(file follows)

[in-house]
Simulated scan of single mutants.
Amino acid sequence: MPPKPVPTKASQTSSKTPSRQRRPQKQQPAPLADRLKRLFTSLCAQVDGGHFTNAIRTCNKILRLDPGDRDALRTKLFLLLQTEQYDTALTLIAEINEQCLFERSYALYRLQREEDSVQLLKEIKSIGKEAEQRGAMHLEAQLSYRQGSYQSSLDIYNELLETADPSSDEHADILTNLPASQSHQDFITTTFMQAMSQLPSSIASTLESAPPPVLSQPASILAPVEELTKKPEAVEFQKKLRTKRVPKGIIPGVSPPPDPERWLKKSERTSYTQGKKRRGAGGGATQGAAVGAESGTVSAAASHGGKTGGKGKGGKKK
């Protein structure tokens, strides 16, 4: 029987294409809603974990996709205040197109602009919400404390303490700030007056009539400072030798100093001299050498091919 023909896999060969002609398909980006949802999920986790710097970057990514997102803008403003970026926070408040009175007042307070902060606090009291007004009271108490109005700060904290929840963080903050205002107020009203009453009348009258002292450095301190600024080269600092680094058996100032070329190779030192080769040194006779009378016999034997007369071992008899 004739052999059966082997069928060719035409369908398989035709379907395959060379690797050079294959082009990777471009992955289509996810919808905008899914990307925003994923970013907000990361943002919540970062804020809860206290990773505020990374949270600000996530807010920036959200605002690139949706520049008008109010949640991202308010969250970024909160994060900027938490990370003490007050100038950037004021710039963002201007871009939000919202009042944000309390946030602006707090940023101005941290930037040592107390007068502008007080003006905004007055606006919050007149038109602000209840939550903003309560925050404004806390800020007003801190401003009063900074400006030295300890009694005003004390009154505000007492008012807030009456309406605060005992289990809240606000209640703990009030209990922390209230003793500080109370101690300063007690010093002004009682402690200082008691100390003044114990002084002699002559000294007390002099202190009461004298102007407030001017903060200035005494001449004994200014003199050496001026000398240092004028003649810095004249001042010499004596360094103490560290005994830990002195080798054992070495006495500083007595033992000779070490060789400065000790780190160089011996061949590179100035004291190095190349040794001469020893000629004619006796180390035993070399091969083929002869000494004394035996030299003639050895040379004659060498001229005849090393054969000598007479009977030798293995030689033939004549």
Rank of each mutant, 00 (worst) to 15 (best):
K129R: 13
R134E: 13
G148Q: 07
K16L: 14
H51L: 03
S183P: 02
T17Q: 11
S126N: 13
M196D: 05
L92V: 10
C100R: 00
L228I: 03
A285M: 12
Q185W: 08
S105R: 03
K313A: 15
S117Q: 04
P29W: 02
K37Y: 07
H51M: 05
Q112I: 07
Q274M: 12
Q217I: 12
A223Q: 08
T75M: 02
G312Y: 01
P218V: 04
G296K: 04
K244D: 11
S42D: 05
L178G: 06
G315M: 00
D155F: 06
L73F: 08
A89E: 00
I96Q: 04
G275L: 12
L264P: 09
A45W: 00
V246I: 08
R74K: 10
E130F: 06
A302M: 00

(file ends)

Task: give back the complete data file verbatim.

[in-house]
Simulated scan of single mutants.
Amino acid sequence: MPPKPVPTKASQTSSKTPSRQRRPQKQQPAPLADRLKRLFTSLCAQVDGGHFTNAIRTCNKILRLDPGDRDALRTKLFLLLQTEQYDTALTLIAEINEQCLFERSYALYRLQREEDSVQLLKEIKSIGKEAEQRGAMHLEAQLSYRQGSYQSSLDIYNELLETADPSSDEHADILTNLPASQSHQDFITTTFMQAMSQLPSSIASTLESAPPPVLSQPASILAPVEELTKKPEAVEFQKKLRTKRVPKGIIPGVSPPPDPERWLKKSERTSYTQGKKRRGAGGGATQGAAVGAESGTVSAAASHGGKTGGKGKGGKKK
């Protein structure tokens, strides 16, 4: 029987294409809603974990996709205040197109602009919400404390303490700030007056009539400072030798100093001299050498091919 023909896999060969002609398909980006949802999920986790710097970057990514997102803008403003970026926070408040009175007042307070902060606090009291007004009271108490109005700060904290929840963080903050205002107020009203009453009348009258002292450095301190600024080269600092680094058996100032070329190779030192080769040194006779009378016999034997007369071992008899 004739052999059966082997069928060719035409369908398989035709379907395959060379690797050079294959082009990777471009992955289509996810919808905008899914990307925003994923970013907000990361943002919540970062804020809860206290990773505020990374949270600000996530807010920036959200605002690139949706520049008008109010949640991202308010969250970024909160994060900027938490990370003490007050100038950037004021710039963002201007871009939000919202009042944000309390946030602006707090940023101005941290930037040592107390007068502008007080003006905004007055606006919050007149038109602000209840939550903003309560925050404004806390800020007003801190401003009063900074400006030295300890009694005003004390009154505000007492008012807030009456309406605060005992289990809240606000209640703990009030209990922390209230003793500080109370101690300063007690010093002004009682402690200082008691100390003044114990002084002699002559000294007390002099202190009461004298102007407030001017903060200035005494001449004994200014003199050496001026000398240092004028003649810095004249001042010499004596360094103490560290005994830990002195080798054992070495006495500083007595033992000779070490060789400065000790780190160089011996061949590179100035004291190095190349040794001469020893000629004619006796180390035993070399091969083929002869000494004394035996030299003639050895040379004659060498001229005849090393054969000598007479009977030798293995030689033939004549």
Rank of each mutant, 00 (worst) to 15 (best):
K129R: 13
R134E: 13
G148Q: 07
K16L: 14
H51L: 03
S183P: 02
T17Q: 11
S126N: 13
M196D: 05
L92V: 10
C100R: 00
L228I: 03
A285M: 12
Q185W: 08
S105R: 03
K313A: 15
S117Q: 04
P29W: 02
K37Y: 07
H51M: 05
Q112I: 07
Q274M: 12
Q217I: 12
A223Q: 08
T75M: 02
G312Y: 01
P218V: 04
G296K: 04
K244D: 11
S42D: 05
L178G: 06
G315M: 00
D155F: 06
L73F: 08
A89E: 00
I96Q: 04
G275L: 12
L264P: 09
A45W: 00
V246I: 08
R74K: 10
E130F: 06
A302M: 00